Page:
A key congressman on trade issues yesterday accused Japan of stonewalling in semiconductor negotiations that appeared deadlocked despite the announcement last month of a "framework agreement."
"Apparently the Japanese are not serious about resolving U.S. complaints over the lack of fair access to their markets," said Rep. Sam M. Gibbons (D-Fla.), chairman of the House Ways and Means Committee's trade panel, who has devoted most of his congressional career to fighting protectionism.
The talks are going on in face of three major trade complaints brought by domestic semiconductor manufacturers and the Reagan administration. An agreement must be reached no later than Tuesday, according to Commerce Department officials, for the United States to suspend complaints that Japan dumps semiconductors in this country at prices below their fair market value. The industry, however, can withdraw its case up to a final decision by Commerce and the International Trade Commission, set for early August.
Semiconductors, or memory chips, are key elements in computers and telecommunications systems, and are critical to the nation's maintaining a lead in the new technologies. U.S. manufacturers dominated the early days of chip development, but in recent years Japan has moved ahead.
U.S. Trade Representative Clayton Yeutter, who announced the framework agreement after talks in Tokyo, remains optimistic that an agreement can be reached with the Japanese. Deputy U.S. Trade Representative Michael B. Smith held talks Monday, but they were suspended Tuesday and resumed yesterday afternoon.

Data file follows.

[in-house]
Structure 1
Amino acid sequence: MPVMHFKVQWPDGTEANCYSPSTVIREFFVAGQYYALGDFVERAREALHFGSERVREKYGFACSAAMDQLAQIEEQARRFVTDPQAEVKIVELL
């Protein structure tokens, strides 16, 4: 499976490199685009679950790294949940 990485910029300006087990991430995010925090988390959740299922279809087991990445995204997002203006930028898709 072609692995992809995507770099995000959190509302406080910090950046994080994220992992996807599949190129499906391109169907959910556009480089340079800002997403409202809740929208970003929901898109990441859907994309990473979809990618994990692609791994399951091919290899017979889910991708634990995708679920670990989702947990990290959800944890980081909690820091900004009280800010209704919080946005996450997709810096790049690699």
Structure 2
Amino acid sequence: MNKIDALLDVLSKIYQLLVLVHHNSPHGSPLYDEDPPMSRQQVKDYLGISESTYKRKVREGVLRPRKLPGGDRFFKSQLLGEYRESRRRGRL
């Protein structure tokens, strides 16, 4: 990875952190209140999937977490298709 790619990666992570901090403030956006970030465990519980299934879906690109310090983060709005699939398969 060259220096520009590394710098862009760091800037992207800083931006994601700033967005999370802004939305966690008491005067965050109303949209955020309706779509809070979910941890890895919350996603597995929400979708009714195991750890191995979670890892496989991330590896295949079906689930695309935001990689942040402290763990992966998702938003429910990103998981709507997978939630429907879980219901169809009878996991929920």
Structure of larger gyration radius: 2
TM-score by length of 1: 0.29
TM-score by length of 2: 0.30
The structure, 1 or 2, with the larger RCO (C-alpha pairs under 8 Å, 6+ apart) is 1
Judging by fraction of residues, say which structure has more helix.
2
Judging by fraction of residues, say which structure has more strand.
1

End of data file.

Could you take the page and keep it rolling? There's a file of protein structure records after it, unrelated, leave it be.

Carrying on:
Other sources, including administration trade officials and Capitol Hill trade specialists, said the talks are going badly and appear deadlocked. There are reports that Japanese negotiators, headed by Vice Minister of International Trade and Industry Kazuo Wagasugi, have backed away from promises that led Yeutter to declare that both sides had reached a framework agreement.
That could be embarrassing for the administration since President Reagan, as part of his attack on a House-passed trade bill, hailed that agreement as a White House success in forcing trading partners to play fair with U.S. industries.
In his statement yesterday, Gibbons threatened congressional action against Japan if it fails "to reach a fair agreement with us" on the semiconductor issue. He said the House-passed bill contains provisions that could be used against Japan when paired with bills awaiting Senate action.
"The Japanese must realize that the outcome of the semiconductor case is critical," Gibbons said.